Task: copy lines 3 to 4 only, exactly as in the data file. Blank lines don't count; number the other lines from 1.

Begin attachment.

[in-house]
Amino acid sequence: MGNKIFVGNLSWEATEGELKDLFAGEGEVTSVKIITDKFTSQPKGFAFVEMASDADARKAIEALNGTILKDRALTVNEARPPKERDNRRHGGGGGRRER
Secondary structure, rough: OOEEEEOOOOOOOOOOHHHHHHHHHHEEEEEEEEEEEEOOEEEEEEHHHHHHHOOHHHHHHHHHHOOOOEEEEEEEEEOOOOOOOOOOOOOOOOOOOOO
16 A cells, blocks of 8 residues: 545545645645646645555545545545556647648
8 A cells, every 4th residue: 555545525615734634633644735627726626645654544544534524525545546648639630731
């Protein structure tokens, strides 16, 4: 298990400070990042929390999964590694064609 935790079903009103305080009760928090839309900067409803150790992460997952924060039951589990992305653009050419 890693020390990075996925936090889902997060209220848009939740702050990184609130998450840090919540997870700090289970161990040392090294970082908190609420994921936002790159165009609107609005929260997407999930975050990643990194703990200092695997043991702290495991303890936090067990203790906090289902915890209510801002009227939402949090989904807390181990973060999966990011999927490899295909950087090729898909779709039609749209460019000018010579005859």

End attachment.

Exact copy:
Secondary structure, rough: OOEEEEOOOOOOOOOOHHHHHHHHHHEEEEEEEEEEEEOOEEEEEEHHHHHHHOOHHHHHHHHHHOOOOEEEEEEEEEOOOOOOOOOOOOOOOOOOOOO
16 A cells, blocks of 8 residues: 545545645645646645555545545545556647648